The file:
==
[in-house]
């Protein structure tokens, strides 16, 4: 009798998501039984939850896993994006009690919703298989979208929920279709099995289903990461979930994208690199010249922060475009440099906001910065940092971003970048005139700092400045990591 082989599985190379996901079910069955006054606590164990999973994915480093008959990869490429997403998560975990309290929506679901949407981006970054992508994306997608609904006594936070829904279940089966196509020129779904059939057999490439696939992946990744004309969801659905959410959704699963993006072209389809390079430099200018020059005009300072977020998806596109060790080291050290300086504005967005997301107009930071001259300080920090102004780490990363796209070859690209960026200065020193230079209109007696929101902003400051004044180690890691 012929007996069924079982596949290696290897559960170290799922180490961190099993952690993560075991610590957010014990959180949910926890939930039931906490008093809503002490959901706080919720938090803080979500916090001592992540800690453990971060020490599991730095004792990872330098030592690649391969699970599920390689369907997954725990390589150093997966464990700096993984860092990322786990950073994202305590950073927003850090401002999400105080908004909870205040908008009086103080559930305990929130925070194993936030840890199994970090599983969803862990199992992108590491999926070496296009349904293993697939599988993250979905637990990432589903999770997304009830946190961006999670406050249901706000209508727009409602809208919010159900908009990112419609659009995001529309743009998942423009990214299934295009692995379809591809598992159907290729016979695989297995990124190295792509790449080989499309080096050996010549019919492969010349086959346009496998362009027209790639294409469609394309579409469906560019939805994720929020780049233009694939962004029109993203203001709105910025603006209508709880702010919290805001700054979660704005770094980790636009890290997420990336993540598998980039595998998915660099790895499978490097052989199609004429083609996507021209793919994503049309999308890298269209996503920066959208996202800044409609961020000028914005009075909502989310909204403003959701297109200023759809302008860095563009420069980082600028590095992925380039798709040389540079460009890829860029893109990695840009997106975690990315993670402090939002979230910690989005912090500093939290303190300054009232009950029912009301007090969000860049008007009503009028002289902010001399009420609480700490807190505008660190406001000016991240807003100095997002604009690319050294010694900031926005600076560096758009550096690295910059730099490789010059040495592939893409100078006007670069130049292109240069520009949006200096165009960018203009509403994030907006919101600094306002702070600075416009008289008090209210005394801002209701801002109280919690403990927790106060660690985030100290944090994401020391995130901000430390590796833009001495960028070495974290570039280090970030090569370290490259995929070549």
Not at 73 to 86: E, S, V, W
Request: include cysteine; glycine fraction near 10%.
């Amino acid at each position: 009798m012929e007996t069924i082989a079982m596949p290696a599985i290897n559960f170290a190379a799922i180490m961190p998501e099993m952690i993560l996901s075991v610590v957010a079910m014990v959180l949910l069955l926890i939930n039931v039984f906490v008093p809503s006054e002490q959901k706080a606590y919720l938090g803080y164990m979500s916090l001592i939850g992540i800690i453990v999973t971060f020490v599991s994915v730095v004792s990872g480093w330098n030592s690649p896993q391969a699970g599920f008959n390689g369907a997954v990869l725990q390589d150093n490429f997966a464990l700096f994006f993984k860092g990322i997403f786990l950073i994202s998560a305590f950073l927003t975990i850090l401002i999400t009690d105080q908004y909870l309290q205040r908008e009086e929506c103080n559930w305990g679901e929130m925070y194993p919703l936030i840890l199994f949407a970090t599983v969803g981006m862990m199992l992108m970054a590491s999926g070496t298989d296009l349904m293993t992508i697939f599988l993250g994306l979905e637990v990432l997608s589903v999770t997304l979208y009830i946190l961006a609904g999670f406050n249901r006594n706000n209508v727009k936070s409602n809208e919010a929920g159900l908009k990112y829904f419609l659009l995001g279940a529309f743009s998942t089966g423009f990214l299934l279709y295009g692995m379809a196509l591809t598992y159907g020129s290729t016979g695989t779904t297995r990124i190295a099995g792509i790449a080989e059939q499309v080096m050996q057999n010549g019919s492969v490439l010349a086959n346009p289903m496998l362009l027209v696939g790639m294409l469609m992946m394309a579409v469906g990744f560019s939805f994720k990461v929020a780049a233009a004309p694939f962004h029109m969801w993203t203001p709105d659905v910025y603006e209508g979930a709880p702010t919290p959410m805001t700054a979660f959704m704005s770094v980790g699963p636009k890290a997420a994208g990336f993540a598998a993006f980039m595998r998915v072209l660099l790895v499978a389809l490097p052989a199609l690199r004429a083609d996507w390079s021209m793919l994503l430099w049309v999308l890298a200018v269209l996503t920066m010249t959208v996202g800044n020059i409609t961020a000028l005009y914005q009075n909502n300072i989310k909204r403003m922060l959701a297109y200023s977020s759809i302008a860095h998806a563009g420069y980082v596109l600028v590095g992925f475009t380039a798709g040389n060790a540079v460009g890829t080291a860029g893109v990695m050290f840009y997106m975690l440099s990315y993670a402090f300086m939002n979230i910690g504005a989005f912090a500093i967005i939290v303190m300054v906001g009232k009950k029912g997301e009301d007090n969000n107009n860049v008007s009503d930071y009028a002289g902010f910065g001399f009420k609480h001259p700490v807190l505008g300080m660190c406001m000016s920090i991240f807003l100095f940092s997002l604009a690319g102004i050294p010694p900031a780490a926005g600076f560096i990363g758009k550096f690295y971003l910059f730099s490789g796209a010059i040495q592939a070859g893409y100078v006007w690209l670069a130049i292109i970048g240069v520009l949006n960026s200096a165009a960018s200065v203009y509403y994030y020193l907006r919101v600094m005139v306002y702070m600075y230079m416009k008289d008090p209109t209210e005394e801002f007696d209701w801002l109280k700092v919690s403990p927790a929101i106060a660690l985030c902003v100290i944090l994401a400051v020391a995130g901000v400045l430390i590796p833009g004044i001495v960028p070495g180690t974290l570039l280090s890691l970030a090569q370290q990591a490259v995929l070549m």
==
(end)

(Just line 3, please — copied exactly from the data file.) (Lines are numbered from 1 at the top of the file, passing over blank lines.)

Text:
Not at 73 to 86: E, S, V, W